A year after taking flight a flock of beetles continues to eat their way through tamarisk along the Colorado River, raising hopes that a program begun last year will prove successful.
Working with the insectory in Palisade, researchers last year released 8,000 Tamarisk Leaf Beetles into selected areas along the Colorado River of western Mesa County. Since that time the beetles have had offspring, which is good news for the battle on tamarisk. The beetles should be going into hibernation soon, accoring to Mark "Sparky" Taber of the BLM. He says that it's difficult to see the difference now between defoliated and "normal" tamarisk now, but next year, he says, the difference should be easily seen.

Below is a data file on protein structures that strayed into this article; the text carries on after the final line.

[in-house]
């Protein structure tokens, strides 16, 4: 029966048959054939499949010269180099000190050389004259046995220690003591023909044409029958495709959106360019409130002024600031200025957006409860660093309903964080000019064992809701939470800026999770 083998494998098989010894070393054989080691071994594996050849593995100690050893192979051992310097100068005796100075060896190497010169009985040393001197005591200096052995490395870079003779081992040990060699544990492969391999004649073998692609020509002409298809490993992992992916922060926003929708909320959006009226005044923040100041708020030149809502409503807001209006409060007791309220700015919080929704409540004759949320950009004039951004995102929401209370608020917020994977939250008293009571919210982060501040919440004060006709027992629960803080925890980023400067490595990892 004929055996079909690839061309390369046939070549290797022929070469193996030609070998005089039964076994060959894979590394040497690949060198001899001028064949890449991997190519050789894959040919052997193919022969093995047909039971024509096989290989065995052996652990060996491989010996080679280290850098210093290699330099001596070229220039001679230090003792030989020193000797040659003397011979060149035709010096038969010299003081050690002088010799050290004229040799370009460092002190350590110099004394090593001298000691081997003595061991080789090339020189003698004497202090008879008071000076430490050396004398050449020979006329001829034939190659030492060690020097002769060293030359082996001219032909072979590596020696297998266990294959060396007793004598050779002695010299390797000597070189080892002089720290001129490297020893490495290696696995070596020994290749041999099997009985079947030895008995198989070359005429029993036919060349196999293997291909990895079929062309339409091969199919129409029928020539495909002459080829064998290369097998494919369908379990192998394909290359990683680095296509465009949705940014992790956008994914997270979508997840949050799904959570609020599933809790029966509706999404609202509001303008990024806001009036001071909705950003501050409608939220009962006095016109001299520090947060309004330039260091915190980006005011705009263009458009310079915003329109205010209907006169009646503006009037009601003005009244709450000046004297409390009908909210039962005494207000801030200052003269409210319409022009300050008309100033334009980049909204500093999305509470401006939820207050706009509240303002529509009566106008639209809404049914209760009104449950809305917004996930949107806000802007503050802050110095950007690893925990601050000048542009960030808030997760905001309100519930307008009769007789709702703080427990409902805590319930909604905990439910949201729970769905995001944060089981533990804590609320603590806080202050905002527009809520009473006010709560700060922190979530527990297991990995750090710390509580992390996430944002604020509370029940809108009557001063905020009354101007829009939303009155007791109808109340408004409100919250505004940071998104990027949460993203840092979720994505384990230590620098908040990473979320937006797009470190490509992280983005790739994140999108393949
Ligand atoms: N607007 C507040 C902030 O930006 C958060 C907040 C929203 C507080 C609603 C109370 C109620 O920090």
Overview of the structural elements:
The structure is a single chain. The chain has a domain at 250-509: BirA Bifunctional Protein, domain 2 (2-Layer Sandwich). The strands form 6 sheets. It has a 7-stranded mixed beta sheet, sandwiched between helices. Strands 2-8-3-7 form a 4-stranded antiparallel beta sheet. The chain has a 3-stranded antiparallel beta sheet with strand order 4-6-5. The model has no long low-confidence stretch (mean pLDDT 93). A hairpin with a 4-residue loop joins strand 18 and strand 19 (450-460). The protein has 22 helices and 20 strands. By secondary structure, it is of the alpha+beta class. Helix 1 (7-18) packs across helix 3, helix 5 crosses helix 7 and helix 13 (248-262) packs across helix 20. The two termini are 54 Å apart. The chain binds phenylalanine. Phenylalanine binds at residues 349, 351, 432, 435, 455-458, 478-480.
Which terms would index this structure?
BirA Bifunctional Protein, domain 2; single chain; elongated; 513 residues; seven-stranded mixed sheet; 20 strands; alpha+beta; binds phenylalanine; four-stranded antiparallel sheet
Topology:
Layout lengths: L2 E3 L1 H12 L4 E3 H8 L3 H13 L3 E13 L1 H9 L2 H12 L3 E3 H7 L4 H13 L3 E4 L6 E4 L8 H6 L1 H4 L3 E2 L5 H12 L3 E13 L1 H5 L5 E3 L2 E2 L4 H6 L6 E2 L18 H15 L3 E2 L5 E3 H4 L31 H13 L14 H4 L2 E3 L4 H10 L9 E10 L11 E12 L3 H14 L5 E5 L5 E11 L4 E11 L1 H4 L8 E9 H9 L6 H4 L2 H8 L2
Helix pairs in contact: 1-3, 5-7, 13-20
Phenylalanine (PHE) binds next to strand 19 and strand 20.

More beetles should be released into other streamside areas if the program continues to be successful. The ultimate goal of the beetle program is to wipe out tamarisk,which grows along streams and rivers throughout the west. A native of China, each tamarisk tree can use up to 300 gallons of water per day.